Lyla is now at university in Spain, although they text and call several times a day. At a similar age, Trinny was living in London, somewhat adrift, at the start of a destructive period of drink and drugs that would see her spend several months in rehab (the first of which paid for by her parents, who sold a table at Sotheby’s to cover the fees).
“I was a late bloomer, because I didn’t really start my career until I was 35,” she says. “I came out of rehab when I was 27, probably with the emotional age of a 16 year old, so it took me a while to catch up. All my friends were ahead of me in terms of career and kids.”
Having established her TV career in her 30s, with What Not To Wear reaching a terrestrial TV audience of seven million at its peak, Trinny didn’t experience her next reckoning until her mid 40s, when she started to look for her next passion. There was a little bit of “Where am I now?”, she says, a feeling that’s common among members of the Trinny Tribes as they reach a point in midlife where children are getting older and the need for identity reasserts itself.
Part of that search encompasses makeup, she says. Suddenly, what worked in your 20s and 30s doesn’t quite fit.
Unlike today’s young people, with TikTok tutorials at their fingertips, “we never had education around make-up. So women get to 40 or 50 and don’t know how to apply it, and feel embarrassed to ask,” says Trinny. At Trinny London, “we talk about make-up being for life, not just ‘this colour for this week’ – we actually design colours to suit who you are and think about how, with skincare, you can build a routine.”
In her book, Fearless, Trinny devotes the entire first section to instruction on how to identify the colours that suit you, which sounds very 1980s but is actually revelatory, particularly as it stops you from buying unnecessary make-up based on just liking the colour and then finding it looks shocking on your face (just me?).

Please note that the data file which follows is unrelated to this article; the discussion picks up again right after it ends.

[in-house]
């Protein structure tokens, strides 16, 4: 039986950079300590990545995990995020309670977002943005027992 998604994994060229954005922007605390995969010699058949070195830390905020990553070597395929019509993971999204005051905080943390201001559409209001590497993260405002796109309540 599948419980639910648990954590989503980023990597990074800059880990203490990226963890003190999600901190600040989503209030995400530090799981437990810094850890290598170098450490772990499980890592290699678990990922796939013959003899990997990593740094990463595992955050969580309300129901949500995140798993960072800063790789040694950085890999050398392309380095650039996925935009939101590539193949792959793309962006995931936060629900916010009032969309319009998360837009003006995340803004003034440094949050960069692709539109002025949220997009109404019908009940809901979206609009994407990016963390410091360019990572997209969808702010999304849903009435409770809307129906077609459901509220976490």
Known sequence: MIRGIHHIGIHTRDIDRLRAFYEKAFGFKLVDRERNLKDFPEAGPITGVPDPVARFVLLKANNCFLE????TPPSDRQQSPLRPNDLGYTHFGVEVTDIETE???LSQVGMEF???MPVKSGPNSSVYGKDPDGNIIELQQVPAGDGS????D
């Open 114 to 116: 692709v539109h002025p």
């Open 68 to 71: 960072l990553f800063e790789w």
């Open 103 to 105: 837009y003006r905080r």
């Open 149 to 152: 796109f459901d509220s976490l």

Another great tip? Putting on make-up after you’re dressed, so you can match it to your outfit, rather than applying the same colours whatever you’re wearing.
Colour is hugely important to Trinny – in Fearless, she writes that, “I sometimes think I will have ‘wear colour with colour’ written on my gravestone”. In her Instagram videos, she pulls together colourful looks from her extensive wardrobe, with sequins also making regular appearances. In ‘Friday Twinning’, Trinny and her video director Chloé Dall’Olio dress in identical outfits, with Chloé’s more voluptuous figure a nice counterpoint to Trinny’s slim frame.
“To me, social media has been a great tool to communicate with as many women as possible globally,” she says. “Facebook is where we interact with our Trinny Tribes – we have 34 in 17 countries. In Victoria, we have one with 6,500 women in it and they all chat, and support each other. So I love how social media works that way. For me, it’s about having a healthy sense of emotionally connecting while not forgoing my private life.”
I sometimes think I will have ‘wear colour with colour’ written on my gravestone
Over the years, Trinny’s private life has generated thousands of headlines, particularly surrounding her relationship with advertising guru and art collector Charles Saatchi, and the death in 2014 of her husband Elichaoff, from whom she had separated but remained close. Now, she lives in what she cheerfully describes as a frat house: “I have my nephew and my stepson living with me – my stepson said he’d stay with me for a few days, and he’s hardly left. They’re 30 and 33.
“They’re brilliant and shit in equal measure. I’ll get home and they’ll go, ‘We made you dinner!’ and then also there will be a shit on the floor from the dog just a few inches from the door.”
For now, Trinny isn’t in any rush to enter a new relationship. “I can close my bedroom door, and I’m on my own and I’m not beholden to anyone,” she says, adding that she’s not looking for a relationship to complete her.
“I know who I am. I have love in my life, I have friends in my life. I live in a home I’m renting but I’ve made it a cozy home. I feel a sense of community, from the people who work at Trinny London to my Trinny Tribes. So if it happens – and it will, I will have another relationship at some stage – it will bring something new to my life, rather than complete it.”